If you’ve been following LRB recently, then you’ve noticed many posts on social media sites in China. When beginning this quest to catalog China’s SNS landscape, I was under the impression I had a pretty good idea of what to expect. However, like anyone who thinks they know something, further digging always reveals they didn’t know enough.
I find as I continue to write these profiles one major theme recurring. The days of the Facebook model are fast disappearing; ie: creation of a vanilla social media network. I imagine this is similar to the invention of the telephone: suddenly everyone could call each other and that was great, but at some point they just ran out of things to say. Calling then, wasn’t so important as what you’d talk about once you called. And with today’s incredibly explosive SNS growth, connection is a given; now people want something to connect about.
The strategy then is not to focus on social networking, but to focus on content that drives user interaction; once this content is found, and created on some sustainable basis (ideally by users), your basic social media features can then be inserted to support the content spearhead. One great example of this isKaixin001.com vs. Xiaonei.com; these two are basically Facebook clones, but Kaixin001.com took a decisive lead due to its heavy emphasis on online games; ie: interaction beyond simple connection.
This seems “slap you across the face” obvious in retrospect, and I guess the idea was always lurking in the back of my mind; but as you’ll see in these SNS profile posts, along with future posts regarding QQ/MSN, Taotao.com + China’s twitter clones, and LRB’s next post on Douban.com, that people are already connected, and you’ll never beat the first mover (QQ has a ridiculous 90% market share, and Taotao.com, the best twitter clone, has about 10 times the traffic of its nearest competitor).
I’ll put my money on taotao.com
When considering the average user, this makes sense. We can compare this to cell phones; lets say each new social media site you sign up on is similar to carrying around another cell phone. So you sign up with Facebook, then you sign up with Linkedin, then you sign up with Twitter, etc; this is almost akin to carrying around 3 cell phones is it not? To communicate with each group, you’ll need to login, update etc; kinda like you need to use a specific cell phone to call a specific portion of your contact list – at some point it’s just too much trouble.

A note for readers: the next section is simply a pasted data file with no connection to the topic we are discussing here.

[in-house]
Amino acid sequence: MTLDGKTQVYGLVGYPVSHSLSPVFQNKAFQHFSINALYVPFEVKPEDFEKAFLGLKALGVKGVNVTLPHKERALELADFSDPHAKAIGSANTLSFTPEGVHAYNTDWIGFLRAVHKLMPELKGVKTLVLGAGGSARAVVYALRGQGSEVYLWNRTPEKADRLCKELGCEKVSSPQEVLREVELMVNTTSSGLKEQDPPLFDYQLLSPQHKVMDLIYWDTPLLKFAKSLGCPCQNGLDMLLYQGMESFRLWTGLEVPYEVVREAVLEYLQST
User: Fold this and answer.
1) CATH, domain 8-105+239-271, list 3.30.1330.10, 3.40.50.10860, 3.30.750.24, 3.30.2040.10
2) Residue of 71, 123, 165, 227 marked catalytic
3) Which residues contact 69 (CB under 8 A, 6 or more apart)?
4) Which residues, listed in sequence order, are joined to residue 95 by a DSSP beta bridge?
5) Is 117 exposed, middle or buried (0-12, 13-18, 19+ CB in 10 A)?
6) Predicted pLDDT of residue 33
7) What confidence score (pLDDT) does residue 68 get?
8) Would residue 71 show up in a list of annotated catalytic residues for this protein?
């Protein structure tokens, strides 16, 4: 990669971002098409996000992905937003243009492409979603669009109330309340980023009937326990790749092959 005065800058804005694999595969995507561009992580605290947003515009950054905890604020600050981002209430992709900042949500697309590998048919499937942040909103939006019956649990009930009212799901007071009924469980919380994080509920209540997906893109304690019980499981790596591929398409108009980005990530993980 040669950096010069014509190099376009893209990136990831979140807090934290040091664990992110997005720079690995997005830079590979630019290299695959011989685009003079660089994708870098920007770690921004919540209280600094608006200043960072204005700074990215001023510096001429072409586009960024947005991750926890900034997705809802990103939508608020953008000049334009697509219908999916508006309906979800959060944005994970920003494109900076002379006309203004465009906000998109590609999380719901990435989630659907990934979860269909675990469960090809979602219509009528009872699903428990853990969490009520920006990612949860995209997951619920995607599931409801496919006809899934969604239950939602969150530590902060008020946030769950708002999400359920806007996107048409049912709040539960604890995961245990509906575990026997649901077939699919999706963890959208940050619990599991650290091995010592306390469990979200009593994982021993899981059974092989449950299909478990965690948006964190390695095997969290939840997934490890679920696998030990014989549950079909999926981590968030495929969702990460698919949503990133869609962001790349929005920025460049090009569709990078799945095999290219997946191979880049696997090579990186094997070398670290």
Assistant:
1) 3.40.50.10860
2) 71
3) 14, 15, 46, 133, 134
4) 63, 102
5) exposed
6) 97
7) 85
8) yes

In my personal experience I’m on the 3 sites above, plus a few others, and I run this blog. So what’s my personal social media strategy? Simple, I just focus on this blog, and have it RSS feed to my Twitter, Linkedin, and Facebook accounts. After, I respond to direct message on each of those sites, but as for updating, I can keep it simple; ie: I’ve drilled down to one cell phone.
“And your point is…?“
The point of my ramblings is that users cannot take another vanilla “just connect” social media site; if you’re going to force them to carry around another cell phone, then you’ll need to add some serious bling; with SNS, if you want them to sign up to a brand new site, then you’ll need to give them something more interesting than what’s currently offered.
I’ll attempt to prove this point sometime this year with one of BA360‘s inhouse projects, a China social media experiment (completely separate from LRB). If it proves successful over the next few months, I’ll begin detailing our process in getting it off the ground, with the challenges and successes we found along the way.
…and now back to China SNS.
So if new China social media sites cannot beat the 1st movers on even terrain, the popular strategy is to go niche; ie: instead of generally focusing on connecting everyone, to instead focusing on driving specific interactions between connected members. This is evidenced by the continued popularity of Tianya.comand Mop.com; users don’t simply connect here; they also express a wide range of opinions on social, political, and entertainment topics that spark threads of consisting of thousands of comments.
The takeaway is while technology sparked revolution, it will never sustain a lead on fundamentals: value and benefit to the user. In this fast commoditizing SNS landscape, value is defined not as connection, but interaction after connection. When multiplied by millions of users, this small point sheds bright light on the most recent stage of China’s SNS evolution.
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